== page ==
Fourth of July: How do we thank our heroes?


How do we thank our heroes, the ones who worked hard all their lives and built this country, who sacrificed for a better future, who battled against enemies foreign and domestic, the ones who died bravely around the world?

There are hundreds of thousands of people, now buried in military cemeteries, who gave the last full measure of devotion, as Lincoln put it. How do we genuinely thank them?

Throughout history, the younger generation studied heroes, noble deeds, extraordinary achievements. The young learn what is possible, and that life can be full of accomplishments and even greatness.

There is one thing we certainly wouldn’t do. We would not deliberately let their memories fade.

We wouldn’t let their history, and history in general, disappear from education. We would make sure that heroic stories are told year after year. We wouldn’t let the heroes who have battled against totalitarian aggression, in any of its forms, be slighted in our schools.

Most crucially, we wouldn’t let the very idea of the hero vanish. We would never stop talking, for example, about the great patriots who said, “I know not what course others may take but as for me give me liberty or give me death” (Patrick Henry) or “I only regret that I have but one life to lose for my country” (Nathan Hale). What extraordinary sentiments. We would make sure that children in schools always hear them.

QED: urge schools to teach History and Heroes.

Public schools have a long-running tendency to downplay knowledge and memorization. For more on that, see “The Crusade Against Knowledge.”


As long as public employee teachers are allowed to unionize we need to accept the reality that history will be scrubbed to reflect the lies that the Left want to sell to Americans; the solution is to refuse to let them teach our kids regardless of what curriculum they use.

There is a time to recognize that some things are too broken to fix, they should be cast off and replaced by those who understand the source of their failure so the new ideas do not end up in the same cesspool.


In some cases, it’s not a case of teachers choosing to support the unions, but their pay being compulsorily garnished for union dues. When states started changing things so that they could opt out from paying the dues, the unions howled. :rofl:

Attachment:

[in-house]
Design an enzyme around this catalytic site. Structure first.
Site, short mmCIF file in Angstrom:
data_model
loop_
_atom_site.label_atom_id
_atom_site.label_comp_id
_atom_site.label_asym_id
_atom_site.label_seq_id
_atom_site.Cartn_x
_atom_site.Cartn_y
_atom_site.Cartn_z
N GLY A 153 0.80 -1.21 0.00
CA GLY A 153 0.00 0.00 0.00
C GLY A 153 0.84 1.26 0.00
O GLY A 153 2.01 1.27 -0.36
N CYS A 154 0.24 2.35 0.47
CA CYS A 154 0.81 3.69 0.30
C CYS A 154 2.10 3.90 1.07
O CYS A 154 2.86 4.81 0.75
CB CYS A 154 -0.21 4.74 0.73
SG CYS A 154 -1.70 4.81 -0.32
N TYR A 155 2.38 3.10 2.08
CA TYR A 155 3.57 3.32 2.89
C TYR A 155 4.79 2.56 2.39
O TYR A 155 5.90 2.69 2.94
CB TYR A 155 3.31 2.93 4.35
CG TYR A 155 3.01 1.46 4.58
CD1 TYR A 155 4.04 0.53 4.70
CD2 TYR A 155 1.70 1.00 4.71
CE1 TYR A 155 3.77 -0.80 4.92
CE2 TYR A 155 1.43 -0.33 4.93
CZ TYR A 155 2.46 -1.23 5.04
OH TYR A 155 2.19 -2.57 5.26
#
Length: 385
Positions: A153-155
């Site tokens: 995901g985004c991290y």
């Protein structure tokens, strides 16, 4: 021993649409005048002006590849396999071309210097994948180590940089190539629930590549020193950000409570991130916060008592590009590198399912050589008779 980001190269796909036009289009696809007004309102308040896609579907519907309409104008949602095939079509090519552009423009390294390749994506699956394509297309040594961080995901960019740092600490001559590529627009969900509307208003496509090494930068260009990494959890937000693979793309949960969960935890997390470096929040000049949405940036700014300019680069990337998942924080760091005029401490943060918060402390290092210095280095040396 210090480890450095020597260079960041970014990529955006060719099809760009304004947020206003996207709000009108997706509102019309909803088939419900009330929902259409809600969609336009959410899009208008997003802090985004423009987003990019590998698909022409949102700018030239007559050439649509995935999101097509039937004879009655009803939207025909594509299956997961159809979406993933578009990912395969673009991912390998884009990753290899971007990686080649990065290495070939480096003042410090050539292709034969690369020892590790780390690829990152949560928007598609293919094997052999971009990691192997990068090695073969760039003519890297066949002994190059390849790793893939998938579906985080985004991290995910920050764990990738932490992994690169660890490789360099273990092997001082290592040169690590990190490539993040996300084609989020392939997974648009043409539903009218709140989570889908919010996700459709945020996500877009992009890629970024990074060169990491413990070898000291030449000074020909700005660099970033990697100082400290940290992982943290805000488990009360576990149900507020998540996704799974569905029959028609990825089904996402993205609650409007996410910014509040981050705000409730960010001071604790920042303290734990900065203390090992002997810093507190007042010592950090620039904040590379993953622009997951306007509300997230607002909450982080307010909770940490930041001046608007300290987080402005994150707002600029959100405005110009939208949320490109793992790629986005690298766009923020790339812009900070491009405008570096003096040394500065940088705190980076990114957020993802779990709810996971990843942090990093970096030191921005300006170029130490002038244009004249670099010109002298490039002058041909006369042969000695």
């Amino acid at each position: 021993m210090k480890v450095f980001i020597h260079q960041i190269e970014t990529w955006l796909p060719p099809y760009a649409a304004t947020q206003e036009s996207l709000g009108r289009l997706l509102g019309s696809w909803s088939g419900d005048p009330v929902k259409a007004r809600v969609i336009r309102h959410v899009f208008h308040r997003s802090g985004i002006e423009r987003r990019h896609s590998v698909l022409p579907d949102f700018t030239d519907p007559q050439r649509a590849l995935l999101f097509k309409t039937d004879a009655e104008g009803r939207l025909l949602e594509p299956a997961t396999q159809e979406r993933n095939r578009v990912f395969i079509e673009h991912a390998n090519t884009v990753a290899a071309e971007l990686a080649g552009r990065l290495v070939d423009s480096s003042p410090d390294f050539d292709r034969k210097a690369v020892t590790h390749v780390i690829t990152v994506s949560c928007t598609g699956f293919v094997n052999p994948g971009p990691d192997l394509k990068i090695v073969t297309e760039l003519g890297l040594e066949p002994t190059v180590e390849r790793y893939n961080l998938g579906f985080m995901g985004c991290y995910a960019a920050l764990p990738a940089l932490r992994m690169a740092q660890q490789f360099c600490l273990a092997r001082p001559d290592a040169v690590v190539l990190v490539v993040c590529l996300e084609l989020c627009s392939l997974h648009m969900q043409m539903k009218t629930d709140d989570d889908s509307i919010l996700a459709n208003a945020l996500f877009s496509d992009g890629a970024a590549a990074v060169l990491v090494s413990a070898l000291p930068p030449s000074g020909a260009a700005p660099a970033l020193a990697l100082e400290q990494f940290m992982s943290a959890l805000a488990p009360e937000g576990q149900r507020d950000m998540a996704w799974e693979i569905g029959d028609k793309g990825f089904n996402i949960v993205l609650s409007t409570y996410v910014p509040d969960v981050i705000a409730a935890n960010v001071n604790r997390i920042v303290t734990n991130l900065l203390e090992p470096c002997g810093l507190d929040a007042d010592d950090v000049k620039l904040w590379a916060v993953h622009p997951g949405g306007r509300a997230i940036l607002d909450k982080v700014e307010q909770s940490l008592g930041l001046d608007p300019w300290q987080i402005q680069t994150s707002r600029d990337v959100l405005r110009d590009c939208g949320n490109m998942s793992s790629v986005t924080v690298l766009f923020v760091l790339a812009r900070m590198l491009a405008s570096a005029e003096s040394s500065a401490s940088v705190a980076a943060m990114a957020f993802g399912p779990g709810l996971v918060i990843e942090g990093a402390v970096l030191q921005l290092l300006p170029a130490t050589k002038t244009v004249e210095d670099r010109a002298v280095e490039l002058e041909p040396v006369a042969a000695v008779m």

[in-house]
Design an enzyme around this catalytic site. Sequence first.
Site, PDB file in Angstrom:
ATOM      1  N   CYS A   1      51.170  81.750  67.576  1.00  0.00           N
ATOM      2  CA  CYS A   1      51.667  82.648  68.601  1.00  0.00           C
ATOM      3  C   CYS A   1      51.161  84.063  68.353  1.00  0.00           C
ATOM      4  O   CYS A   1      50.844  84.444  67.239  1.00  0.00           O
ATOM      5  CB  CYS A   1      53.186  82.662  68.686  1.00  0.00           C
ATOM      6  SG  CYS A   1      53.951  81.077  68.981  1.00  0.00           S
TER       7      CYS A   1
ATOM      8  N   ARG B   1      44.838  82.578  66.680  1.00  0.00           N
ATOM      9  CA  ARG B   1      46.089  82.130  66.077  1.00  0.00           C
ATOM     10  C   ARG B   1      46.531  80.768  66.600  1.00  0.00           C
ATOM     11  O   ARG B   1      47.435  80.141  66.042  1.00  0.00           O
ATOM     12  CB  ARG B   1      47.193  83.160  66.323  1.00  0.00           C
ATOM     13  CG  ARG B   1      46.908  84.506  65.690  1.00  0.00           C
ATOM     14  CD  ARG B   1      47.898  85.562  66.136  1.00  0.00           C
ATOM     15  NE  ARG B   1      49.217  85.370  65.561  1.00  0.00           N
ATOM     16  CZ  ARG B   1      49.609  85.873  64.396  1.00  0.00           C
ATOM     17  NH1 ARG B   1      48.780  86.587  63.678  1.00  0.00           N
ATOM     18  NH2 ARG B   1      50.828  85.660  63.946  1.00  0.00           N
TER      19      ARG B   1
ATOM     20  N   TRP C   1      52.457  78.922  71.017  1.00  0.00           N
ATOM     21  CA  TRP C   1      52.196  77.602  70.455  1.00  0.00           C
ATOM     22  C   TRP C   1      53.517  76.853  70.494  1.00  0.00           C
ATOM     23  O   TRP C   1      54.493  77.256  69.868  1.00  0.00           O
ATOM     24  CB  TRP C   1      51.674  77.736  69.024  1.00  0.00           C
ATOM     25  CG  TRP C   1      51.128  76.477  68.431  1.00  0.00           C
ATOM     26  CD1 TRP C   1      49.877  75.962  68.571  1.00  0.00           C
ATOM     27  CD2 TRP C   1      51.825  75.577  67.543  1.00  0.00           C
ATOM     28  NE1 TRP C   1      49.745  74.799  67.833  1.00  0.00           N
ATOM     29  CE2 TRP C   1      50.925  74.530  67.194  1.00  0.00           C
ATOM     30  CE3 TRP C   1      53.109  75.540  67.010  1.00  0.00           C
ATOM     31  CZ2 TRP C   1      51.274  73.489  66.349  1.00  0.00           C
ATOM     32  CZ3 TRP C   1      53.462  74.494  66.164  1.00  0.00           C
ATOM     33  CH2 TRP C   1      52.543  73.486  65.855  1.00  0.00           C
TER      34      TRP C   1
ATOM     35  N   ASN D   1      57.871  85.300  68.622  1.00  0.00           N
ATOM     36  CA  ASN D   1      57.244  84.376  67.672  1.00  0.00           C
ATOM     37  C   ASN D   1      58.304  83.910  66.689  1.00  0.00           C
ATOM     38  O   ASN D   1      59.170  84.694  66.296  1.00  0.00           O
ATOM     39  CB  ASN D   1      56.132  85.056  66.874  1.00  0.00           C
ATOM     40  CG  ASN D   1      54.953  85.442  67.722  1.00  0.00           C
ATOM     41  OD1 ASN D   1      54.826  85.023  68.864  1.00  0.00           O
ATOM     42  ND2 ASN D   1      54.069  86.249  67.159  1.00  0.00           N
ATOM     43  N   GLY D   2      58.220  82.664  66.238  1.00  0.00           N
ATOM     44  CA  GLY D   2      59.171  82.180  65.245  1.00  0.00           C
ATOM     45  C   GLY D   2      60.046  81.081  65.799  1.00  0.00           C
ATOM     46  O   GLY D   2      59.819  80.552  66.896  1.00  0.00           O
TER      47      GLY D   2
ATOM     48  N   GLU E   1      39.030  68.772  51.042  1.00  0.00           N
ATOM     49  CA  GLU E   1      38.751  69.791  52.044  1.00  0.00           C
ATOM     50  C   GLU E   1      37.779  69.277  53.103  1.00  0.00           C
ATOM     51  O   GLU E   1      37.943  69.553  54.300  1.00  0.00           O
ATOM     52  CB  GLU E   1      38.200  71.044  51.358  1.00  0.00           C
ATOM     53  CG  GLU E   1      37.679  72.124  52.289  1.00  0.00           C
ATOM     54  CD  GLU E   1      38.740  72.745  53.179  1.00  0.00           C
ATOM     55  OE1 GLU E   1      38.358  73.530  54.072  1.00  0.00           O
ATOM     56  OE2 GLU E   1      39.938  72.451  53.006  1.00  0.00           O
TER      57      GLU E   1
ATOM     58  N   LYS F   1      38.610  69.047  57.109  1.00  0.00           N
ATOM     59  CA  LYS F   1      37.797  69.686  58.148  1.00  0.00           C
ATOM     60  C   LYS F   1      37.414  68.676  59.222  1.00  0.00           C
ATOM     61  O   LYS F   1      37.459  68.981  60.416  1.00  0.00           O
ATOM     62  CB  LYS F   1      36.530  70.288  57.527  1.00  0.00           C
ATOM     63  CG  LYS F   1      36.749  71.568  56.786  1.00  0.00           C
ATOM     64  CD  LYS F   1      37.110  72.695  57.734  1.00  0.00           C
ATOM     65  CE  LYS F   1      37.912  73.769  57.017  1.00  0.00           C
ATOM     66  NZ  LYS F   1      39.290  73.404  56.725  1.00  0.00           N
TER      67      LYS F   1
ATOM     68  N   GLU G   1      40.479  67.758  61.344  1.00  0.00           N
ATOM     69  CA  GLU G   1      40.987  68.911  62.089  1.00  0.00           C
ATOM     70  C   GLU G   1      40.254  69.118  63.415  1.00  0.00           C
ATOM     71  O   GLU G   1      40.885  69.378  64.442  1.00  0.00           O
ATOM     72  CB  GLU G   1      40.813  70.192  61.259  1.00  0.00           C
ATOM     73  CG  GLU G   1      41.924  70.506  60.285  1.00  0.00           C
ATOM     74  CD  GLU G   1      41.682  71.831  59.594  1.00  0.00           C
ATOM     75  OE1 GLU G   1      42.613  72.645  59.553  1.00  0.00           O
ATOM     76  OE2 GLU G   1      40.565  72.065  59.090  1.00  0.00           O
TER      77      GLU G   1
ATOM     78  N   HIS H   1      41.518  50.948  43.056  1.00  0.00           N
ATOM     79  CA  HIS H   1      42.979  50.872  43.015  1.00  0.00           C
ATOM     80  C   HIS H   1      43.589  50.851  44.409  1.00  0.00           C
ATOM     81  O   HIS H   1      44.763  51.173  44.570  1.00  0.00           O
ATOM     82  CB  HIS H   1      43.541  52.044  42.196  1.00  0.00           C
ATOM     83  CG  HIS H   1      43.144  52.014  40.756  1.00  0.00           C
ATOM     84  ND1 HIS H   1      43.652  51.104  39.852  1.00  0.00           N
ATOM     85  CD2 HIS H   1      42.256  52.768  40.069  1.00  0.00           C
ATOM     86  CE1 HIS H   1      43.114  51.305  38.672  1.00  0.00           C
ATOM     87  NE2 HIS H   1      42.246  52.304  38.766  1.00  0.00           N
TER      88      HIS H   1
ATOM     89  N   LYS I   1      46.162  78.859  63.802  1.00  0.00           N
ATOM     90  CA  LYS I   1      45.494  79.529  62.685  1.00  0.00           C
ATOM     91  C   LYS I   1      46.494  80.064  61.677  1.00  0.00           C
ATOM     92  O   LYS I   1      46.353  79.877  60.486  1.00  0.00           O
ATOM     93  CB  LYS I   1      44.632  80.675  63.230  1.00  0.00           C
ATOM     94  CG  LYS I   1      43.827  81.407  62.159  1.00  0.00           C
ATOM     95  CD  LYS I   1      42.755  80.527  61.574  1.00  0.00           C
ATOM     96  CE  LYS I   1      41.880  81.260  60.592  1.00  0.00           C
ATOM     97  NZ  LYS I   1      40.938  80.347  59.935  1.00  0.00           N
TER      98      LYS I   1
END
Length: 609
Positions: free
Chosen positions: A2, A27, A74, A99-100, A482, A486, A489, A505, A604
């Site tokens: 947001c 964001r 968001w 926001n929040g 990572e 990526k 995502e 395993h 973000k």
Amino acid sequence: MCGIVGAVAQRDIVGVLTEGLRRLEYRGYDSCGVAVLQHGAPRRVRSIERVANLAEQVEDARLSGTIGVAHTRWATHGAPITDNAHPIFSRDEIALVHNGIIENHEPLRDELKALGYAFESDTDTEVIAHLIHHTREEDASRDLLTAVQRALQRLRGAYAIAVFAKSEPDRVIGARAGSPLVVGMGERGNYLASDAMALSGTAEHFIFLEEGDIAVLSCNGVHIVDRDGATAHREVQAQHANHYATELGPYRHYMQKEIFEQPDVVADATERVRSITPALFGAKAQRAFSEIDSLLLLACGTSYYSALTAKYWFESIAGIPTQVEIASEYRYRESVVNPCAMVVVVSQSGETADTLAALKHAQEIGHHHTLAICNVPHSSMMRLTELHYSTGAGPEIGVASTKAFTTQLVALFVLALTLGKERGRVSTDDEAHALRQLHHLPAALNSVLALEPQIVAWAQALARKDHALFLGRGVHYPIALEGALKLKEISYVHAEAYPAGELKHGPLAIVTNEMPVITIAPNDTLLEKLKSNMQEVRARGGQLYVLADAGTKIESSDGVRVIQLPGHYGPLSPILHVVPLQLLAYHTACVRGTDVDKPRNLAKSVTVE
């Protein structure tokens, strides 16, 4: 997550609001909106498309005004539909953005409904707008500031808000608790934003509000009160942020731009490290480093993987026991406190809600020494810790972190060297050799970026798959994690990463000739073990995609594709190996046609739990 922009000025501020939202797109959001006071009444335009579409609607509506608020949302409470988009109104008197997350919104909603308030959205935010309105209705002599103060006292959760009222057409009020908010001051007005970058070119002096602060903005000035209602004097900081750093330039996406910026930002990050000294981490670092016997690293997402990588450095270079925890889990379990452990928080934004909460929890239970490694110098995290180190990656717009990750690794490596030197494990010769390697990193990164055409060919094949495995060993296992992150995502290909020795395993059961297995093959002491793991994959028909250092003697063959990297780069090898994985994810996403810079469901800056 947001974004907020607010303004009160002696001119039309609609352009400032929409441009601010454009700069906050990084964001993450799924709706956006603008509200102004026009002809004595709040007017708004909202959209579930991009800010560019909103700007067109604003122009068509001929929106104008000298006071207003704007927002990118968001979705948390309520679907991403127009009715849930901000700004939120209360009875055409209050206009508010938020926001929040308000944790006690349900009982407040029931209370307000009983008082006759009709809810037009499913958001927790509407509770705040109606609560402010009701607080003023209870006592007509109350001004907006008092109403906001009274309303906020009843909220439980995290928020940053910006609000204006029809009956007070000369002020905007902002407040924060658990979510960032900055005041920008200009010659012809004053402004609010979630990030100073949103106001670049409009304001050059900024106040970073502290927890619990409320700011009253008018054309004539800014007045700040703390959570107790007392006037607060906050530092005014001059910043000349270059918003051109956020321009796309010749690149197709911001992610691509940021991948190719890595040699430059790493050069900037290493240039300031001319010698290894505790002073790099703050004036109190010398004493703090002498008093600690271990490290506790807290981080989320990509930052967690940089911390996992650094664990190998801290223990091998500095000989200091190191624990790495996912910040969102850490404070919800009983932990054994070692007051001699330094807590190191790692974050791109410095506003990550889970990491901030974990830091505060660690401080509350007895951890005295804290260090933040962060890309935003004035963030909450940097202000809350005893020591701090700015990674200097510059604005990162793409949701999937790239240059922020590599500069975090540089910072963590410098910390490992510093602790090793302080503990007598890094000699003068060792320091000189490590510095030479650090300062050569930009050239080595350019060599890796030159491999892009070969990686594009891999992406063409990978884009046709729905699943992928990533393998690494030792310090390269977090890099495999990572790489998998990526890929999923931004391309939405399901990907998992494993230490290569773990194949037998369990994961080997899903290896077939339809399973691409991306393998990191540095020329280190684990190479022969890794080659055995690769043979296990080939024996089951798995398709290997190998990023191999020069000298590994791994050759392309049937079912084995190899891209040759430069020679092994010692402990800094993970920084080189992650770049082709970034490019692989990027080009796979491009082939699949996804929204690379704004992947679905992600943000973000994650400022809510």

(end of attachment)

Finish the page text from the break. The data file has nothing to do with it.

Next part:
True and one reason why the left tried to recall the Wisconsin governor a few years back. When he made it OPTIONAL for teachers to pay union dues, the Teachers unions lost BIG time.


In one of our local school systems, a woman ran for (and was elected) to the school board with a hope of helping fix the local system. Eventually, she gave it up because she couldn’t do a thing, since the system is broken at the state level.


Please don’t let unions and other authorizations be the pivot here. The problem is that most people have no idea what’s going on in the classroom. They don’t understand why something simple like reading can’t be taught in the first grade. They don’t understand why arithmetic is difficult for children now… Point is, everything in the public schools is murky and difficult because that’s the way the ed professors want it.

If everybody would do a little homework and learn how this stuff works, we could turn things around. For example: Six Steps To Reform –


Why would reforming a system that is designed to be corrupted even be considered a desirable option?

There is simply no need or benefit to a national, government mandated education “system”; every individual community of parents is more than capable of establishing a perfectly adequate schooling arrangement.

This is how it was done before the current monster was birthed, churches and communities in general set up their own structures and they were far more effective than the dumbed down propaganda mills we have today; and the students were taught that an education was a privilege, not a Right.

Those who dragged down the class by being troublemakers were given the boot so the rest could get a decent education; until that mindset returns the rest is a waste of time and money.


Has anyone else noticed that you can trace the plummeting of public education DIRECTLY to the formation of the Department of Education as a separate cabinet entity? Oh, it was going down before that, of course, as the 60’s hippies decided that “teaching”–especially in universities–would be easy, profitable and allow them to promote their socialism unchallenged. But the fact is, the more the feds took over, the worse it got.


More and more, I think you have to look back to John Dewey, who got cranked up around 1900, and to the Comintern, which got cranked up around 1921. We have been under steady attack for 120 years. Here’s my attempt at a short summary: Red Ed.